Can shoulder dystocia cause hypoxic-ischemic encephalopathy (HIE)?

Research shows that shoulder dystocia can result in birth asphyxia and hypoxic-ischemic encephalopathy (HIE), a form of permanent brain damage that occurs when babies are deprived of oxygen during or near the time of labor and delivery.  The longer a baby goes without sufficient oxygen, the more likely it is that the brain damage will be severe.  Babies who have HIE often develop cerebral palsydevelopmental delays, seizure disorders, and other issues.

Shoulder Dystocia and Hypoxic Ischemic Encephalopathy (HIE)

When shoulder dystocia occurs, the baby typically cannot be delivered quickly.  Shoulder dystocia is associated with prolonged labor, which is traumatic for a baby.  When a baby is going through the process of labor for too long, oxygen deprivation is likely.  In addition, shoulder dystocia is associated with umbilical cord problems, such as a compressed umbilical cord.  The umbilical cord is the baby’s lifeline; it delivers oxygen to the baby.  Anything that disrupts the flow of oxygen through the cord can cause the baby to develop HIE. When shoulder dystocia occurs, the umbilical cord can get trapped between the baby’s arm and the mother’s pelvic bone.  This is a very serious problem, and the baby must be delivered immediately, usually via emergency C-section.

When labor is prolonged, the physician must determine if the baby is too large for the size of the mother’s pelvis. If this is the case, a C-section is the safest way to deliver the baby.

In a rush to deliver the baby, physicians often use risky delivery methods, such as a vacuum extraction delivery.  A vacuum extractor has a cup that is applied to the baby’s head.  The physician uses the vacuum extractor to apply gentle suction to the baby’s head to help move the baby out of the birth canal.  A vacuum extractor must be used in a very specific way, and strict guidelines must be followed because the device puts the baby at high risk for traumatic head injuries and brain bleeds.  Brain bleeds can severely deprive the baby of oxygen and cause HIE.

The use of a delivery instrument such as a vacuum extractor significantly increases the risk of shoulder dystocia.  A vacuum extractor does not shift the baby’s position in the birth canal so that the shoulders are at the correct angle for passage through the birth canal.  Instead, a vacuum extractor interferes with the delivery process by pulling the baby straight down, preventing any rotation of the shoulders into the correct angled position, and pulling the shoulders into the top of the pelvis, thereby causing the baby to get stuck.  Delivery instruments should not be used when shoulder dystocia is present or when there is evidence of a large baby or CPD.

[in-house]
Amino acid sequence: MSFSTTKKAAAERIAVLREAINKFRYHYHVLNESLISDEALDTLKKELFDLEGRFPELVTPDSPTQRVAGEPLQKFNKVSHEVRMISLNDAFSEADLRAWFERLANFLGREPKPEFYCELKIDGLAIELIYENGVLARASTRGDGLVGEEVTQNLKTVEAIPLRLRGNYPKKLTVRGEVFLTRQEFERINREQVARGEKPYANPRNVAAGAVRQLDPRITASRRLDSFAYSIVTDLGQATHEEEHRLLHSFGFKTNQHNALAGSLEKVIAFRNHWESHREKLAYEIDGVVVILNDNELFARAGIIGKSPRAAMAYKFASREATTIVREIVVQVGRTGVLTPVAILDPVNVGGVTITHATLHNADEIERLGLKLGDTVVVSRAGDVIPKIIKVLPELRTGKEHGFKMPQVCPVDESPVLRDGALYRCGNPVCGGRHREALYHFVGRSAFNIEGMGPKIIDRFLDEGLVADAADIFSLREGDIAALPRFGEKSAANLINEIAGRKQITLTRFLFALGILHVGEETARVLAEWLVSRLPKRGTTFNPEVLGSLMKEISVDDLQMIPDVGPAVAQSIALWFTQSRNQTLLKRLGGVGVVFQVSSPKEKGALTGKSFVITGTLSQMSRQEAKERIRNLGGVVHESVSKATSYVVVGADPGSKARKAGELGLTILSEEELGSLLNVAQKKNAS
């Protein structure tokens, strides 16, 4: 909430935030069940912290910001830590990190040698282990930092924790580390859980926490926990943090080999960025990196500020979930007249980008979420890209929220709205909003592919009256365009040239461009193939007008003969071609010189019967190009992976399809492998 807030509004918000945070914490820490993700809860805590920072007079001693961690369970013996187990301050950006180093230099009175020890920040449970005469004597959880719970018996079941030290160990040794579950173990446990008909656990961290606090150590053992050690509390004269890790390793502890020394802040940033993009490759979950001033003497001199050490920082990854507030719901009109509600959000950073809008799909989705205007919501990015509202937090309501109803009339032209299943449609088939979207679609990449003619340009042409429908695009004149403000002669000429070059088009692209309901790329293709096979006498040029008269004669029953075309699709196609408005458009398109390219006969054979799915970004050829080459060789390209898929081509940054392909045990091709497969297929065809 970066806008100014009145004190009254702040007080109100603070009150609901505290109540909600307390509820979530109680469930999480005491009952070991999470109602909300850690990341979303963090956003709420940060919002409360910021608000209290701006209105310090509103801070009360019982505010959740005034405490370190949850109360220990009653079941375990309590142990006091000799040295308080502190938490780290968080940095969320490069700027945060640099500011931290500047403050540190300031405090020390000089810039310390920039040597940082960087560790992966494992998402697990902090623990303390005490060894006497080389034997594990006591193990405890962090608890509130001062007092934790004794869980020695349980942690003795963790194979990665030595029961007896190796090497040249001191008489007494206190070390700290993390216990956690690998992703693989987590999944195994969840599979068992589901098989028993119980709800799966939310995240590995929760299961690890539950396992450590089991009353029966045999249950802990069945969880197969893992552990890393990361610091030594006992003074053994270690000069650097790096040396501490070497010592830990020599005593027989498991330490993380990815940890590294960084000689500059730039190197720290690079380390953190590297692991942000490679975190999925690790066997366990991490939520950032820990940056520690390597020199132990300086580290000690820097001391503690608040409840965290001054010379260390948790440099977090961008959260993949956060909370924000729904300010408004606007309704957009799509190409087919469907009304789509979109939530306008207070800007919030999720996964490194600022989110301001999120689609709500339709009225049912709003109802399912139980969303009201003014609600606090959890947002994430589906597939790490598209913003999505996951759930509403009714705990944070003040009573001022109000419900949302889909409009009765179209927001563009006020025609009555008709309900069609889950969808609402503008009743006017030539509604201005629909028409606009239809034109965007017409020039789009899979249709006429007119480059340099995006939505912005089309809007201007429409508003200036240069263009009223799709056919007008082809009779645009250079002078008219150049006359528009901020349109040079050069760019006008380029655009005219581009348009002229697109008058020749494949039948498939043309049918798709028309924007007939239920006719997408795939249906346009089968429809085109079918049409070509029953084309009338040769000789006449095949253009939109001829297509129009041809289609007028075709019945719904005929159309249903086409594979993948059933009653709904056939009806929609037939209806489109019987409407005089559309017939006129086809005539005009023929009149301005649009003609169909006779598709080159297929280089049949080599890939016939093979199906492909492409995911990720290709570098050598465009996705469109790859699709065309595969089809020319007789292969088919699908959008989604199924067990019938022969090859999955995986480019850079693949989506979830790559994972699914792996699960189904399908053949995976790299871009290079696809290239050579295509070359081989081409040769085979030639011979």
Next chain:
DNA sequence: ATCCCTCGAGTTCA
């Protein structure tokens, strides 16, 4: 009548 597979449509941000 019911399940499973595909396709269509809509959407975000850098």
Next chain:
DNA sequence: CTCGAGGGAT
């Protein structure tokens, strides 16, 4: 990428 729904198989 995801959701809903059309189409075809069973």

Another risky method that physicians sometime employ when shoulder dystocia occurs is induction of labor with Pitocin or Cytotec.  These drugs can cause uterine tachysystole (also known as hypertonicity or hyperstimulation) by making contractions so strong and frequent that the uterus (womb) is essentially in a constant state of contraction.  When the uterus is in this state, blood vessels in the placenta that carry blood to the baby through the umbilical cord become compressed or impinged upon.  When this happens, there is deficient blood flow to the baby.  If the decreased blood flow is severe enough or lasts for a long enough period of time, the baby can become severely oxygen-deprived and HIE can result.

Shoulder Dystocia and Brachial Plexus Injury

Legal Help for Shoulder Dystocia and Hypoxic-Ischemic Encephalopathy (HIE)

At Reiter & Walsh ABC Law Centers, we have extensive experience handling birth injury cases involving shoulder dystocia and hypoxic-ischemic encephalopathy (HIE). Our firm’s attorneys give personal attention to each child and family they help and they are available 24 / 7 to speak with you.

If you are seeking legal help for a birth injury, it is very important to choose a lawyer and firm that focus solely on these cases.  ABC Law Centers is a national birth injury law firm that has been helping children for over three decades. Partners Jesse Reiter and Rebecca Walsh are currently recognized as two of the best medical malpractice lawyers in America by U.S. News and World Report, which also recognized ABC Law Centers as one of the best medical malpractice firms in the nation.  The attorneys at ABC Law Centers have won numerous awards for their advocacy of birth-injured children, and are members of the Birth Trauma Litigation Group (BTLG) and the Michigan Association for Justice (MAJ).

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